25 Reasons to Read Lispector's Complete Stories [BTBA 2016]
Today’s Best Translated Book Award post is by Mark Haber of Brazos Bookstore. For more information on the BTBA, “like” our Facebook page and follow us on Twitter. And check back here each week for a new post by one of the judges.
Before encountering the massive, indispensable Complete Stories of Clarice Lispector, I was already a fan. I enjoyed The Hour of the Star and was jolted by the existential brilliance of The Passion of G.H. However, enjoying something and writing about it can often be mutually exclusive. You see, I’m in over my head. Lispector looms large in my mind, a giant, and to attempt writing about her work in any critical way will only expose my shortcomings. More than anything, I’m an enthusiast. I love books and authors not because I always understand them but often because I don’t. The beauty and strangeness of the language, the veil of mystery that hovers above the text—this is what I love most about literature. Did I fully understand Bolaño’s 2666? Or Adler’s Speedboat? Or Paul Metcalf’s Genoa? Of course not. Yet my love for them is powerful and authentic. My favorite books are the ones that demand to be revisited, that contain the ineffable, that bring a sense of wonder, even a blissful confusion. And so, being in waters too deep, I’ll simply list the reasons why you should (and you really should) read the Complete Stories of Clarice Lispector
1. She’s utterly, and without exception, a singular writer.
2. She doesn’t indulge the reader or suffer fools.
3. She writes sentences like: “The sun caught in the blinds quivered on the wall like a Portuguese guitar.”
4. The mythology which surrounds her is deserved.
5. Read as a whole, the Complete Stories is the entire breadth of a literary genius’ artistic life expressed in stories.
6. Like many New Directions books, it’s also an object of art. As such it’s something for guests to envy and/or covet. In this spirit, three copies should be acquired: one for the coffee table, one for the shelf with the other Latin American greats and one, of course, to read.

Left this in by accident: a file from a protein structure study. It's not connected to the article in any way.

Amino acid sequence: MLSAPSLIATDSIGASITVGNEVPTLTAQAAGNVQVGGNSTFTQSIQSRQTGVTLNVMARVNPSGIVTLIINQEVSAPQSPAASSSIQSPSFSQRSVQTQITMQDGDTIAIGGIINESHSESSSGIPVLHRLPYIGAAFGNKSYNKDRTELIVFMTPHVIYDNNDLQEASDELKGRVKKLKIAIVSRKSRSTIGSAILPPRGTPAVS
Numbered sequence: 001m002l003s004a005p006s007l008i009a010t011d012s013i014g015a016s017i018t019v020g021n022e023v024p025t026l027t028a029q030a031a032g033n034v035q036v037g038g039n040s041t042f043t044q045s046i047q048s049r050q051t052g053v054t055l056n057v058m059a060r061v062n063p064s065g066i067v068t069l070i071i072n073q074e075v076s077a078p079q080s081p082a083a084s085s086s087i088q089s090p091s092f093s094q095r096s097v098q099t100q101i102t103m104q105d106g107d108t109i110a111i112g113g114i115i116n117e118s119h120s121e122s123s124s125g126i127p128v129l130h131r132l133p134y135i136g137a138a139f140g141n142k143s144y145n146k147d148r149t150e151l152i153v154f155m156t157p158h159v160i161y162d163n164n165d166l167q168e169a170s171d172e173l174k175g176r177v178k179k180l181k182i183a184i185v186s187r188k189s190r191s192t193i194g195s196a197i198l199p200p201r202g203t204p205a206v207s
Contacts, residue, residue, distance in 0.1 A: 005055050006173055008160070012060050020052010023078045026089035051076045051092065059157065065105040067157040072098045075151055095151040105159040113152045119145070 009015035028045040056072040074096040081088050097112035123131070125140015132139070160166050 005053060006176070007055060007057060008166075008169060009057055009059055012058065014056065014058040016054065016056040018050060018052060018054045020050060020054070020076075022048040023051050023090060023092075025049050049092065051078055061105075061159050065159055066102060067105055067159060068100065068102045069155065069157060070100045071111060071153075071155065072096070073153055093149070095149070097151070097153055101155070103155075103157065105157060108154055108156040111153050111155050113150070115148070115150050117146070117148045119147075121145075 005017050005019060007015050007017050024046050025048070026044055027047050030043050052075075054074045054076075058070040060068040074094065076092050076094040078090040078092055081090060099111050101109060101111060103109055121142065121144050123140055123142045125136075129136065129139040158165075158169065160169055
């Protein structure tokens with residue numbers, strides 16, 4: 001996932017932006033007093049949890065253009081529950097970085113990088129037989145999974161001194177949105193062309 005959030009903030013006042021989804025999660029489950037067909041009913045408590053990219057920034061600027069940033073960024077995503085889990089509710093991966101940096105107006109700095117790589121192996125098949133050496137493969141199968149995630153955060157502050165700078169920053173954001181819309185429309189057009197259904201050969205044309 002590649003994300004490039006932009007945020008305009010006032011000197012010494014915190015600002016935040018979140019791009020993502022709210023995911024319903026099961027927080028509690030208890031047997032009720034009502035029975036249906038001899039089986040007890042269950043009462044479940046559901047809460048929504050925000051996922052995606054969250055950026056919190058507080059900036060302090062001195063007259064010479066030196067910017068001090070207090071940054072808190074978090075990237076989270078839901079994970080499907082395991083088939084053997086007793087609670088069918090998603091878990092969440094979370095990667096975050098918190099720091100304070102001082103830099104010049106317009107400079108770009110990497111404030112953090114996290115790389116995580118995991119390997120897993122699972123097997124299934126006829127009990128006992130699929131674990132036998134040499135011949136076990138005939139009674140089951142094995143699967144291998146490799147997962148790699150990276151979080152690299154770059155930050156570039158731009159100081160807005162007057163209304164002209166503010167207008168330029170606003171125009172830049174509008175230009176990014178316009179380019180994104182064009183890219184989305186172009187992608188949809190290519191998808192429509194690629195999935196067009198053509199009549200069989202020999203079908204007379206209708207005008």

7. She mixes the domestic and the mythical seamlessly.
8. In her stories there exists no “known,” only the act of grasping and searching for the known.
9. She’s perhaps more enigmatic than even Franz Kafka or Fernando Pessoa.
10. There’s often a humdrum, domestic setting softly rearranged by a kind of ecstatic madness (of language, of character, or both).
11. The translation by Katrina Dodson is lucid and a feat of translated literature.
12. Her stories are dense with the mystery of being alive.
13. The story “One Hundred Years of Forgiveness” opens with: “If you’ve never stolen anything you won’t understand me. And if you’ve never stolen roses, then you can never understand me. I, when I was little, used to steal roses.”
14. Epiphanies aren’t cheap and her stories are replete with them.
15. She’s silly, obtuse, complex, irreverent, satirical and mournful often inside a single paragraph.
16. She will undoubtedly lead you to other Latin American greats like Machado de Assis or Silvina Ocampo or Liliana Heker. Trust me, there’s tons.
17. When she smacks against the confines of language, the reader witnesses her frustration and is all the richer for it.
18. She has more registers in a single story than many 500 page novels.
19. The interior world and the exterior world are given equal attention, often at the same time.
20. The story “Brasilia” is worth the price of admission.
21. Her writing is religious or mystical without trying to be; it simply is.
22. Lispector had no regard for the “rules” of writing and this disregard grants a freedom and vigor evident throughout the book.
23. She’s indulgent and pragmatic: she will digress on a whim and then smack the reader with the point that she’s making.
24. A morning of solitude, a cup of coffee or tea and her stories will bring unequivocal bliss.
25. She contains multitudes.